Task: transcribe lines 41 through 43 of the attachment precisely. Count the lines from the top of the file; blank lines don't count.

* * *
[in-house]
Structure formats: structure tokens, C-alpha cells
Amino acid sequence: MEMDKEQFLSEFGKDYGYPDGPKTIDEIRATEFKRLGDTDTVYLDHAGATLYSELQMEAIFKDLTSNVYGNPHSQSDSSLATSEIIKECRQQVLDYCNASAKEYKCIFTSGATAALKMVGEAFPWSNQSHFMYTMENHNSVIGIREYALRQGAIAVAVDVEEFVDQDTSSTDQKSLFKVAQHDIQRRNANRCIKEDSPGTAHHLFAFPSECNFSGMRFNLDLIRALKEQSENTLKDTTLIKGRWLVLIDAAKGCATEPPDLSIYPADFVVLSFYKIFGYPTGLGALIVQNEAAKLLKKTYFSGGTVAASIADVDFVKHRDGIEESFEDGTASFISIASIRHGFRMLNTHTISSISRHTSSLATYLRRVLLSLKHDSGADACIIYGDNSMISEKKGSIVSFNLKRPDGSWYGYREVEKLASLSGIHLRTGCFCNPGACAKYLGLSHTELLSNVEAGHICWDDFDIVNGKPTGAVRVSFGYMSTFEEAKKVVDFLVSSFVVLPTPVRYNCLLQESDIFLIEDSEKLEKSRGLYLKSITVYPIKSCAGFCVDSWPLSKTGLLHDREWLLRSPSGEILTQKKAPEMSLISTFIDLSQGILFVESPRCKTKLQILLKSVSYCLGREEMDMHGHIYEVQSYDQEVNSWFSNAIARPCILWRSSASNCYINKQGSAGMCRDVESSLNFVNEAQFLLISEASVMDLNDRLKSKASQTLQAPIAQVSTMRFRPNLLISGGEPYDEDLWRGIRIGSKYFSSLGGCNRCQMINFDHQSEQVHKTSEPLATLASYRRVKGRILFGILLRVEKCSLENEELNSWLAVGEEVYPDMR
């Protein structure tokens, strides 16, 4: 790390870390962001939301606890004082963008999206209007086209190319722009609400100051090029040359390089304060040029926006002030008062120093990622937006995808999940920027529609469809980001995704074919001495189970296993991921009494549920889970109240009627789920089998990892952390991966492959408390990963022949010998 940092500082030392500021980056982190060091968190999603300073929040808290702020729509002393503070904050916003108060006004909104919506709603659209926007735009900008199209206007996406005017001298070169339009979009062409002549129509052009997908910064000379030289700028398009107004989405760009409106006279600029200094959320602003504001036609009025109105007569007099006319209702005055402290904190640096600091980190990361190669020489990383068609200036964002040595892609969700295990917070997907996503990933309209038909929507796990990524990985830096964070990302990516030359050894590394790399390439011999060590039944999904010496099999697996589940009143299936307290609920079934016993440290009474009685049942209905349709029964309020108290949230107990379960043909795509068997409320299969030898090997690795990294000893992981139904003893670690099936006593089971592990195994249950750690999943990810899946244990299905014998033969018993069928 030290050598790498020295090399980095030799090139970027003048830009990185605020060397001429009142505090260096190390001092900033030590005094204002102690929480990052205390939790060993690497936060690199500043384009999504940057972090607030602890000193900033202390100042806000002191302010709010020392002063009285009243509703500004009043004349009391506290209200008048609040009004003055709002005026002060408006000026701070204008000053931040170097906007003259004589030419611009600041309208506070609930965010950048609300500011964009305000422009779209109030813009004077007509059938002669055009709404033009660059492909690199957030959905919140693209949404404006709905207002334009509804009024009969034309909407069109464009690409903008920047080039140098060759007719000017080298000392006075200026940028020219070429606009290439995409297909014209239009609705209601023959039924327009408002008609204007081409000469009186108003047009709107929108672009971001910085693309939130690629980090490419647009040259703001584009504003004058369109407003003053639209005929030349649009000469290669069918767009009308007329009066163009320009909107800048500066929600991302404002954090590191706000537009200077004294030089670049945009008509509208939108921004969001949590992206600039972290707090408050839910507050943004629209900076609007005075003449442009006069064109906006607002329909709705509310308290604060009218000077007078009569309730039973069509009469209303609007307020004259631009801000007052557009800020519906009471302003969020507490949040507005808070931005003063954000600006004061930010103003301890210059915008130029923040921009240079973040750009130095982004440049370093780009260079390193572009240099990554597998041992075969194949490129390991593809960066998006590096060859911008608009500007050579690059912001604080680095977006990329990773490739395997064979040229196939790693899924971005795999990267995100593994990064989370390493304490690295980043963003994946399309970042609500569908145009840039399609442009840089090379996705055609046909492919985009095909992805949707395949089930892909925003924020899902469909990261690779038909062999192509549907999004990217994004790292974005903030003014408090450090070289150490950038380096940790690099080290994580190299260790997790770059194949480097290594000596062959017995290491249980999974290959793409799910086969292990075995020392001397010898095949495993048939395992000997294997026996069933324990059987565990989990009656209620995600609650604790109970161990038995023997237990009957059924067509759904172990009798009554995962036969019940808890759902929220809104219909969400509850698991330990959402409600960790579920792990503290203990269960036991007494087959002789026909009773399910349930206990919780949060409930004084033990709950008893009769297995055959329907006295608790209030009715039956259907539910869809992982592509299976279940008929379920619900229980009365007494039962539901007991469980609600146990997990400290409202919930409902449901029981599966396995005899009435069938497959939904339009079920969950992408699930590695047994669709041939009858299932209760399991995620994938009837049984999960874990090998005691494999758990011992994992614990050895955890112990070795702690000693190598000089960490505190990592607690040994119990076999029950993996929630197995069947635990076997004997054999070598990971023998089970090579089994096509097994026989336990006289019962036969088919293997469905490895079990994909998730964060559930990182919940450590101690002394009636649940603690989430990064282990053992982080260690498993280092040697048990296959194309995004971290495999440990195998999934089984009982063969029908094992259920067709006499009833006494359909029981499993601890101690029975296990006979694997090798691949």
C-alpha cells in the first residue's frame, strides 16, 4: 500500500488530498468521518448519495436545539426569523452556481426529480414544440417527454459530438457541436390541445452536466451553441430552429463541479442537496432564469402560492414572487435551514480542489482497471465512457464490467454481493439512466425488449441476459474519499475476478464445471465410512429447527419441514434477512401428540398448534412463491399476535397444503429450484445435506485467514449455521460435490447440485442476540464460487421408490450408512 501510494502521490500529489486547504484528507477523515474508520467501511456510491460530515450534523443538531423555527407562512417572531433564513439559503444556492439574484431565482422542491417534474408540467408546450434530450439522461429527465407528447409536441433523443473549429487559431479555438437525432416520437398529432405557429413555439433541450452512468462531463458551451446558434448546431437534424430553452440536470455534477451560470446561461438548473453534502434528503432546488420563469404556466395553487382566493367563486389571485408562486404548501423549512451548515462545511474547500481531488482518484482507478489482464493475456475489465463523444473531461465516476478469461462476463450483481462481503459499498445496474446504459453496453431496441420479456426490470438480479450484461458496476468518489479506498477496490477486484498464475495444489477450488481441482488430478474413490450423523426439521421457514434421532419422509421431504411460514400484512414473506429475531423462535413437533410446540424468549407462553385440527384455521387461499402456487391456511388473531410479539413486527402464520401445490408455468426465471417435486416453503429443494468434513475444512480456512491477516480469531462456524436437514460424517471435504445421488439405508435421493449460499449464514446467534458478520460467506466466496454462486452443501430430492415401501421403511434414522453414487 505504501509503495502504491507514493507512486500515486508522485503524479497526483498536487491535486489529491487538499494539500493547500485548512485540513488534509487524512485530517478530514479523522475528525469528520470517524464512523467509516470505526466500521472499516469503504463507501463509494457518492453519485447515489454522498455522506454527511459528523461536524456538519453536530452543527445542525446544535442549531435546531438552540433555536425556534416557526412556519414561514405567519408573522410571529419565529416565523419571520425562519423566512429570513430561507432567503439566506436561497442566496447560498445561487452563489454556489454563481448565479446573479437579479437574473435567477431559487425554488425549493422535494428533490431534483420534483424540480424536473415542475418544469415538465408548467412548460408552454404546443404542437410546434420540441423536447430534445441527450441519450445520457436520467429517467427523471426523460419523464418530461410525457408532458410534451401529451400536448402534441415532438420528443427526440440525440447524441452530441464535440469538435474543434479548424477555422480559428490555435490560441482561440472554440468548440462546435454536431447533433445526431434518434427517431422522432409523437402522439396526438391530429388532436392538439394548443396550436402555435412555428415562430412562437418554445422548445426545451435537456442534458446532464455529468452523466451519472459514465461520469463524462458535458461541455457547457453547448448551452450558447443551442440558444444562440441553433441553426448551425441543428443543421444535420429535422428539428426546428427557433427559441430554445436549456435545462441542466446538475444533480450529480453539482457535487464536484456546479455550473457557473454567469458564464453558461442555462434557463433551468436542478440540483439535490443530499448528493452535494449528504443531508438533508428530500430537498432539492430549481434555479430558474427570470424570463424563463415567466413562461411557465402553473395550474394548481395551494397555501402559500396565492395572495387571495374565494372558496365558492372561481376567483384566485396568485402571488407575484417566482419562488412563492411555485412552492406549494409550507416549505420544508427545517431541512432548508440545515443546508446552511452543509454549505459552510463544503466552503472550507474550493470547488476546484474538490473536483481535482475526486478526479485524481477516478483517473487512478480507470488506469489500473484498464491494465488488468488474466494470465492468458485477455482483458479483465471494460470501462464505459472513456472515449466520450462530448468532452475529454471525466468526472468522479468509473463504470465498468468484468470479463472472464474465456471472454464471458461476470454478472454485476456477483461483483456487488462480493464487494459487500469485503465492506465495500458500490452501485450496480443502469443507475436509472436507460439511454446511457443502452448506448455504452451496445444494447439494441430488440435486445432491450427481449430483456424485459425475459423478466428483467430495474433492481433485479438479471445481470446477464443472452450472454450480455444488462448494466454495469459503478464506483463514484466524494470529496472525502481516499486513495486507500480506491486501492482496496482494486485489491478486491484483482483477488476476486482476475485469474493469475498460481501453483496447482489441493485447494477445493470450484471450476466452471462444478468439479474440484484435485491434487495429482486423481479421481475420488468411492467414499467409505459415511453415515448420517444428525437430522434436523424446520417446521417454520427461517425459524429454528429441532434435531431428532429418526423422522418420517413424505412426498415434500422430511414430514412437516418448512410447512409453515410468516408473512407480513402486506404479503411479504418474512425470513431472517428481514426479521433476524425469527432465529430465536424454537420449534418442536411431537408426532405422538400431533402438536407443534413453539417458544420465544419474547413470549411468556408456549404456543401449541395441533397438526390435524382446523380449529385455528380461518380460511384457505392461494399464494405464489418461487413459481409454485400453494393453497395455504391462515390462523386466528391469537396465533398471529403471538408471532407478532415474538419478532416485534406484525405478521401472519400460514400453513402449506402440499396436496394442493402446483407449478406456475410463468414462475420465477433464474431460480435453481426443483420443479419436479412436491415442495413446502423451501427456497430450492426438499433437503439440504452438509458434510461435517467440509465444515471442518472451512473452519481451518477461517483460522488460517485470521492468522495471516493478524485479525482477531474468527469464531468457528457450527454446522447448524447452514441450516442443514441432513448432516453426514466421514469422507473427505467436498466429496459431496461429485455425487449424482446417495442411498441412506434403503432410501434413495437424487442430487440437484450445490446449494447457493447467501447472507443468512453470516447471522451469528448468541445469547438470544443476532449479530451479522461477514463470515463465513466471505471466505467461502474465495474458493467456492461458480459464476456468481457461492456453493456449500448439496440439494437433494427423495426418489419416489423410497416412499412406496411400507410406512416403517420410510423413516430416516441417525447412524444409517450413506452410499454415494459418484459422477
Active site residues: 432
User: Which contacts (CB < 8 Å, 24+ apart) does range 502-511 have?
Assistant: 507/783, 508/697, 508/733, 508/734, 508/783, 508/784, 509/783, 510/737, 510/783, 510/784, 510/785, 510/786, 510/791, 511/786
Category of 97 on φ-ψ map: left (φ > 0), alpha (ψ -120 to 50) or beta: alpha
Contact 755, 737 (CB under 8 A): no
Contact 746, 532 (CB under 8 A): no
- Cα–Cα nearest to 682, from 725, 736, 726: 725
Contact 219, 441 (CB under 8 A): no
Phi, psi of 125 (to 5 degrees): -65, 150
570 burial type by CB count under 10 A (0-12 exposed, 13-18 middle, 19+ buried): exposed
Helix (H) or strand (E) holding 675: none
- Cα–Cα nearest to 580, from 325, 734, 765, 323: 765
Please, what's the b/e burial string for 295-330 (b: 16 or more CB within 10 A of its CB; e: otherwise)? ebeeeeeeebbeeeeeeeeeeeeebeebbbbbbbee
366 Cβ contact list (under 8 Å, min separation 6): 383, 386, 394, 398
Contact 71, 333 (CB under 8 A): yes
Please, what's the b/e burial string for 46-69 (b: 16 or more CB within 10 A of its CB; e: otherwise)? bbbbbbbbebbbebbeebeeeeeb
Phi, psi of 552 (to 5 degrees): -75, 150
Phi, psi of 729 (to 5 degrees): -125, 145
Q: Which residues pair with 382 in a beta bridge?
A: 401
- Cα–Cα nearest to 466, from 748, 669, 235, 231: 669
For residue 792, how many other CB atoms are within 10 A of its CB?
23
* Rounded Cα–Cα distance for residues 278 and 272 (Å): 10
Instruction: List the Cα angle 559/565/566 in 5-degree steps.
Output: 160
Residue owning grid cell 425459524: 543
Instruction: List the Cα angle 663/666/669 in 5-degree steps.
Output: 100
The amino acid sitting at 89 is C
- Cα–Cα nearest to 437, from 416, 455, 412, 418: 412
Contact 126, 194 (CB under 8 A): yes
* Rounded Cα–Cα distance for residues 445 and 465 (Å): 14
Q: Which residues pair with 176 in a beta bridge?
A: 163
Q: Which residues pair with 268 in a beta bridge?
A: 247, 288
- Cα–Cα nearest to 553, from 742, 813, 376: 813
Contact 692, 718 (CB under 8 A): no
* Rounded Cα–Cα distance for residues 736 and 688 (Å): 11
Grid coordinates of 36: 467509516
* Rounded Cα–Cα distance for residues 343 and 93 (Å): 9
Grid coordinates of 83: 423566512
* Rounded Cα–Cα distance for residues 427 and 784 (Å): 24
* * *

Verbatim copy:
Q: Which residues pair with 268 in a beta bridge?
A: 247, 288
- Cα–Cα nearest to 553, from 742, 813, 376: 813